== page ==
I watched Peter J. Wallison being interviewed on C-Span this past weekend. He goes into great depth about the failures of Fannie Mae and Freddie Mac and why they fail. You can listen to that podcast here.
Crossposted with permission from AEI.org
|By Peter J. Wallison|
|Posted: Tuesday, September 9, 2008|
|Publication Date: September 8, 2008|
Henry Paulson’s plan is a major disappointment.Although it was certainly necessary to bail out ailing mortgage giants Fannie Mae and Freddie Mac, the plan put forward by the treasury secretary this weekend prioritizes steering them back to financial health and defers into the future what is to become of the companies.
What’s worse, after blaming the collapse of the companies on a “flawed business model,” the plan will preserve that model indefinitely, allowing the shareholders of what are now insolvent entities to recover some value.
Long after Paulson is gone from the Treasury, Washington will be wrestling with the problem of what to do about Fannie and Freddie. And if the two companies are eventually nationalized, privatized or liquidated, the government–meaning taxpayers–will have to compensate the existing shareholders in some way.
The plan is relatively simple, but its implications for the future are troubling. First, Fannie and Freddie will be put under government control in an arrangement called a conservatorship. The purpose of a conservatorship is, essentially, to keep things as they are.
A conservator does not have the power to make any significant changes to the business model of a company; rather, its focus is to guide the company back to stability. Why anyone would sustain what Paulson himself called a flawed business model is hard to understand.
It gets worse. Under the plan, the Treasury is committed to providing equity capital to Fannie and Freddie. Another puzzle: Why is it necessary to inject taxpayer funds into these companies as equity? Ordinary companies need capital so that they can meet their obligations, but both these companies will have access to a financial facility at the Treasury that will allow them to borrow all the funds they require.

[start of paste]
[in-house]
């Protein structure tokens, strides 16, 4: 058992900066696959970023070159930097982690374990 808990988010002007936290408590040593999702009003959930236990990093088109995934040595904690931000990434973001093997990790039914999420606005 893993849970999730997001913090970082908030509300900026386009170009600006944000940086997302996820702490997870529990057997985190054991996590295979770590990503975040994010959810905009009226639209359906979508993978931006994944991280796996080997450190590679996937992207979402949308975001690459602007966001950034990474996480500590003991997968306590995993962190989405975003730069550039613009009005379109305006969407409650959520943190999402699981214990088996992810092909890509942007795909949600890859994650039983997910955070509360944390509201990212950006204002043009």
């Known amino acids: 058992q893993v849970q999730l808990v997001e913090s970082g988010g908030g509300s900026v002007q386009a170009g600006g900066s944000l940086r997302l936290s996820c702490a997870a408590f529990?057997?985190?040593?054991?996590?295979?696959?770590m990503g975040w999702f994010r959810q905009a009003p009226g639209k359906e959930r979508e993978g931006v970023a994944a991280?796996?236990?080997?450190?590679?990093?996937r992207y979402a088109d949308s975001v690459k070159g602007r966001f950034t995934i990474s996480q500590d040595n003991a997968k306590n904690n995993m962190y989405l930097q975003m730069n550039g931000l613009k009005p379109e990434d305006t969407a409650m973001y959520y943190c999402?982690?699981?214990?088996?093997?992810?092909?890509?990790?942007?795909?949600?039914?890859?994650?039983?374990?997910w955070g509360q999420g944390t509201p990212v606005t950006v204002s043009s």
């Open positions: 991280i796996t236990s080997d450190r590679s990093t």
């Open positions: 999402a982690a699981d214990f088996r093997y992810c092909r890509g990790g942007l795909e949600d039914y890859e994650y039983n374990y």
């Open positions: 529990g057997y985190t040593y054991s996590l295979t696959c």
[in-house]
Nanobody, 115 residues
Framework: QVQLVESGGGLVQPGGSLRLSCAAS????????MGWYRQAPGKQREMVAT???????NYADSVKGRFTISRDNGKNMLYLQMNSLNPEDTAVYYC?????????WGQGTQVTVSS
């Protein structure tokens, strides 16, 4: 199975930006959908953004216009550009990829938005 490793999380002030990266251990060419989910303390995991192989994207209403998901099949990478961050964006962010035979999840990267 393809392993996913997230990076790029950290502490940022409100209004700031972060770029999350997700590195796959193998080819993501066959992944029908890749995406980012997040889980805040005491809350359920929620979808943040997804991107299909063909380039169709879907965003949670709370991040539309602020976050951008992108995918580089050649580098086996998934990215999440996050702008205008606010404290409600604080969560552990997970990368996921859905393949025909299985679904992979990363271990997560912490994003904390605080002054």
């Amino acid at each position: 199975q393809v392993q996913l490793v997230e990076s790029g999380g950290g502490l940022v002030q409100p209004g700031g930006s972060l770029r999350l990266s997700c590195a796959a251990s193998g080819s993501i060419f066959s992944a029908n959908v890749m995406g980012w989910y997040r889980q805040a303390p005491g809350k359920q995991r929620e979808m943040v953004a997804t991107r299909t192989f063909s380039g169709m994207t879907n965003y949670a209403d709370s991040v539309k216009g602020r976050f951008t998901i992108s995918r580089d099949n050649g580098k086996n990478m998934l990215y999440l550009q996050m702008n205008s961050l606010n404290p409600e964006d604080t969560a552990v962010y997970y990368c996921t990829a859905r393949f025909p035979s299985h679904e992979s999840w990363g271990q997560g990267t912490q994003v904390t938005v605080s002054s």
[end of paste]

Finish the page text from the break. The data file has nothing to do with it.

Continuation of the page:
They don’t need capital. The injection of capital is, in fact, a gift to the existing shareholders, who–as the owners of insolvent companies–own nothing and deserve no benefits from the taxpayers. By injecting these taxpayer funds and enabling the companies to survive, the Treasury plan opens the possibility that the existing shareholders will eventually profit from their investments, when, by all rights, they should be wiped out.
The nature of this gift is further emphasized by the fact that the Treasury is taking warrants for its agreement to finance these companies. These warrants will only be worth something–and thereby allow the Treasury to compensate the taxpayers–if the companies are nursed back to financial health under the conservatorship. So the government has created an incentive for itself to keep the companies alive and restore their well-being.
Once that occurs, the current shareholders will again be able to reap the benefits of holding interests in government-sponsored enterprises (GSEs)–only in this case, the two companies will not be implicitly backed by the government; they will be explicitly backed. In that case, the shareholders and the managements will once more profit from the government backing, while the taxpayers will still be the ones taking the losses.
There was an alternative, one that was simpler and much more sensible from a policy perspective. Since Fannie and Freddie operated under this “flawed business model”–by which Paulson probably meant government backing for shareholder-owned companies, the essence of a GSE–the plan should have set things in motion for the elimination of this model.
Instead of a conservatorship, the plan should have provided for a receivership. That system would get rid of the common stockholders while still monitoring the companies for an indefinite period in order to keep the mortgage market functioning smoothly.
Thus, while Paulson’s plan was intended to provide some “breathing room” for consideration of the companies’ future, what it will do in effect is restore them to health as government-sponsored enterprises, and, more critically, allow them and their newly empowered shareholders to bargain about the companies’ collective future from a position of strength.
No wonder U.S. Sen. Charles Schumer of New York–probably the GSEs’ most ardent supporter in Congress–issued the following statement after Paulson addressed the press on Sunday: “This plan will be met with broad acceptance in Congress, because it doesn’t prejudge the ultimate fate of Fannie Mae and Freddie Mac.” Translation: Prepare for a fight–because we intend to keep the GSEs alive.
Republican presidential candidate John McCain has been campaigning against the culture of corruption in the federal government. Democratic presidential candidate Barack Obama has based his campaign on the idea of change in Washington. Fannie Mae and Freddie Mac are telling illustrations of corporate welfare–the profitable private exploitation of a cozy relationship with the government. And the Paulson plan will foster just what a cynic might expect: more of the same.
Peter J. Wallison is the Arthur F. Burns Fellow in Financial Policy Studies at AEI.
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